One caveat: though these are perfect foods for taking on a summer picnic, they are not so much fun to cook on a hot day, as they require about 30 minutes in a 400 degree oven.  But if you have a cool evening, it might be worth whipping up a batch for the next couple days’ lunches.

Spinach Feta Roulades


2 cups minus 1 tbsp all-purpose flour

1 tbsp baking powder

1 tsp salt

3 oz or 6 tbsp or 1 1/2 sticks of cold lard, shortening or butter

1/2 cup cold milk

Sift together flour, baking powder and salt.  Cut in the fat using a pastry blender or a food processor until the mixture resembles coarse breadcrumbs.  Then add the milk slowly as you gently stir with a fork.  Stir together until a soft dough is formed.  Knead gently for 1-2 minutes or until smooth.  Wrap the ball of dough and put in the fridge for 10-15 minutes to relax while you make the filling.


1 package of thawed frozen chopped spinach, or about the same weight in fresh spinach, washed and chopped very fine

1-2 scallions, chopped finely

1 cup crumbled feta

1 egg

1/2 cup grated Romano cheese (optional: I didn’t use this)

1 cup chopped walnuts (optional: I didn’t use these)

Mix all together in a bowl and season with pepper if needed.

To assemble

Preheat the oven to 400 degrees F.  Remove dough from fridge and roll into a 35 x 20 cm rectangle.  Spread filling over the rectangle, leaving a bare “lip” at the end. Gently roll lengthwise.  Brush the bare “lip” with water or egg white to seal the roll.  Chill for 2 hours (or not) and then cut into rounds, about 1.5 cm thick.  Place on a baking sheet lined with parchment paper, leaving some room between each roulade for expansion.  Bake for 15 minutes, then remove and rearrange on the baking sheet so they bake evenly.  Return to oven for 15 more minutes or until lightly browned.

Enjoy, with a bowl of gazpacho soup, or on a shady blanket in a sunny park.


tabouliI mentioned yesterday that I recently bought a giant bag of Couscous from Grace Ottawa–ten pounds for ten dollars!  An amazing deal compared to the huge prices for tiny packages at the grocery store.  And now I have approximately 9.2 pounds of couscous left to eat.  Luckily I’ve got 1 year to do it.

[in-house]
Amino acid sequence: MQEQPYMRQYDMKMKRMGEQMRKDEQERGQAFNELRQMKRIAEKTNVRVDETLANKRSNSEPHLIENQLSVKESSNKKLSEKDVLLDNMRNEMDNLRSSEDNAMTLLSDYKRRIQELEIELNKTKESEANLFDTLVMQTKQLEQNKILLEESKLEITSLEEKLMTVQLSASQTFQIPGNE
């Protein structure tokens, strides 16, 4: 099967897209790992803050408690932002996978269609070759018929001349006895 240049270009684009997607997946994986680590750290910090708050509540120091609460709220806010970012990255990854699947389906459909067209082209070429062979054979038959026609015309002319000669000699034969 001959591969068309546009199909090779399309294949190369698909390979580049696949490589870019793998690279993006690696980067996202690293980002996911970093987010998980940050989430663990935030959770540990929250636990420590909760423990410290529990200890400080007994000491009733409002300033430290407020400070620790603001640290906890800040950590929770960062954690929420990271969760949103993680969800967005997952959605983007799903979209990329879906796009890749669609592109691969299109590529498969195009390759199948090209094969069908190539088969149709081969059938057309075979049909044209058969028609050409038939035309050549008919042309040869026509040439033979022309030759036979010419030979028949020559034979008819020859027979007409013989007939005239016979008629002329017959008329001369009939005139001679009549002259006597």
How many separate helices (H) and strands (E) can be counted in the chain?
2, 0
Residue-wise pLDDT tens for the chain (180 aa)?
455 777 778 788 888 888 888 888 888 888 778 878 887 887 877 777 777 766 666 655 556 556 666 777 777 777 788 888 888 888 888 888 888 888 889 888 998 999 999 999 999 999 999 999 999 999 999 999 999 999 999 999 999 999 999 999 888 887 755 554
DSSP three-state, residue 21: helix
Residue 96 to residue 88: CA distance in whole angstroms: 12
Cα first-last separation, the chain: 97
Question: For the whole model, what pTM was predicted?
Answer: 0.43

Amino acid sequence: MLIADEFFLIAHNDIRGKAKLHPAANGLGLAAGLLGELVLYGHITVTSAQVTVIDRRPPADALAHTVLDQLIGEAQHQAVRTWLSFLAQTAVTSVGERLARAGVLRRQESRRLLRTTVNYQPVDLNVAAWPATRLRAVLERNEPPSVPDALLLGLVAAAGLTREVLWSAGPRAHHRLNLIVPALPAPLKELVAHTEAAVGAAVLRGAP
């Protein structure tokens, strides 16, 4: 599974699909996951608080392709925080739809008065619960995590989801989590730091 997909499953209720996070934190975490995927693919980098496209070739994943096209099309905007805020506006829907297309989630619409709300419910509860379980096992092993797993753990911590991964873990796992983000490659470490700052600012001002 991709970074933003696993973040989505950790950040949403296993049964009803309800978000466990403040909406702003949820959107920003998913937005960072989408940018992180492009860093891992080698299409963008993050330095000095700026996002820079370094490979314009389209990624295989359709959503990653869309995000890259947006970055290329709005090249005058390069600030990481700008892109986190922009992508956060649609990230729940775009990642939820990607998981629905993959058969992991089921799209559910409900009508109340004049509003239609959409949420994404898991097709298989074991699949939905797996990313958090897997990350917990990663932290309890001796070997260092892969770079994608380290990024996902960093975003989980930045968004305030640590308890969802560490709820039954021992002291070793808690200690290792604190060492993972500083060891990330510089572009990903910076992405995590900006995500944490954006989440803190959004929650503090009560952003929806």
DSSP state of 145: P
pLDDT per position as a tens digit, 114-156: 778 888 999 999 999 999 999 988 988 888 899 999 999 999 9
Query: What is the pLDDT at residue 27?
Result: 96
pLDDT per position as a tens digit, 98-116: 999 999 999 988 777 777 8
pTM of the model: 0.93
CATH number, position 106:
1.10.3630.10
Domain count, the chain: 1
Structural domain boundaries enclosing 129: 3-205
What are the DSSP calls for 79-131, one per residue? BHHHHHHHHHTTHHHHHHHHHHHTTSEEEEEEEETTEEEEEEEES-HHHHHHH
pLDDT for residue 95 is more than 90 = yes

The reason I’ve got 9.2 and not 10 pounds of it left is that we’ve eaten couscous twice so far this week.  It’s my new summer side-starch!  Like my search for a bread I can make that won’t raise the thermometer, I’ve also been looking for a starch I can prepare with a minimum of boiling/cooking (you may have noticed by now I’m a hopeless carb-o-holic!).  Unfortunately brown rice, though flavourful and filling, takes 45 minutes of humidity-inducing simmering.  Other starches like white rice, potatoes and pasta don’t need quite so long, but when I saw the couscous, I knew I had a winner.

Couscous is made of durum semolina, which is basically pasta, but instant couscous (the kind I bought–lucking out, it turns out, since I didn’t know there was a non-instant kind!) has been previously steamed and then dried, and this is why it can be prepared by simply pouring a cup of boiling water poured over it and letting it sit for 5 minutes.  While not terribly nutritious by itself, couscous extends and complements bean salads and other dishes remarkably well.  I like to add a dressing, and then any number of chopped up veggies and herbs; whatever I’ve got left over really!

Last night I threw together a can of mixed beans with some chopped red pepper, scallion, cucumber, cilantro, soy sauce marinated tofu, and the leftover sesame-peanut sauce I had from Thursday’s rice bowls.  I added a bit more lemon juice for a flavour punch, and stuck it in the fridge to blend.  It was a delicious and substantial salad that my girl and I ate out of the lid at the park for our supper.

Another couscous recipe I love is tabouli: a background of couscous highlighted with diced peppers, tomato and chick peas, flavoured with lemon juice, olive oil and garlic, with a ton of chopped parsley to blend it all together.  It keeps remarkably well, and is good as a dinner side, or by itself for lunch.

I’ll be looking for other couscous recipes to try this summer, so if you have one you love, please share it.  Hooray for no-cook summer dinners!

Tabouli (adapted from The New Moosewood Cookbook by Mollie Katzen)

1 cup couscous

1 cup boiling water

1 to 1 1/2 tsp salt

1/4 cup fresh lemon juice

1/4 cup olive oil

1 med clove garlic, crushed

black pepper to taste

4 scallions, minced finely

1 cup packed minced parsley

1 to 2 tbsp dried mint (or 10 to 15 fresh mint leaves, minced)

2 med tomatoes, diced

1/2 to 1 med cucumber, diced

1/2 each green and red peppers, diced

1 can chick peas

Pour boiling water over couscous and let sit for 5 minutes then fluff with a fork. Meanwhile, blend together the dressing ingredients: salt, lemon juice, olive oil, garlic and pepper, and mix into couscous.

Add the rest of the veggies and stir.  Chill well before serving.

Amazing Grace

Now, this will come as no surprise to long-time residents of Ottawa, but Grace Ottawa is amazing!  As a recent new-comer, I admit I have checked it out once or twice before, but that was without my more recently acquired frugalista-vision.  Before I saw a lot of Mr. Goudas, and exotic seasoning blends I would probably never use.  But this time . . . this time was different.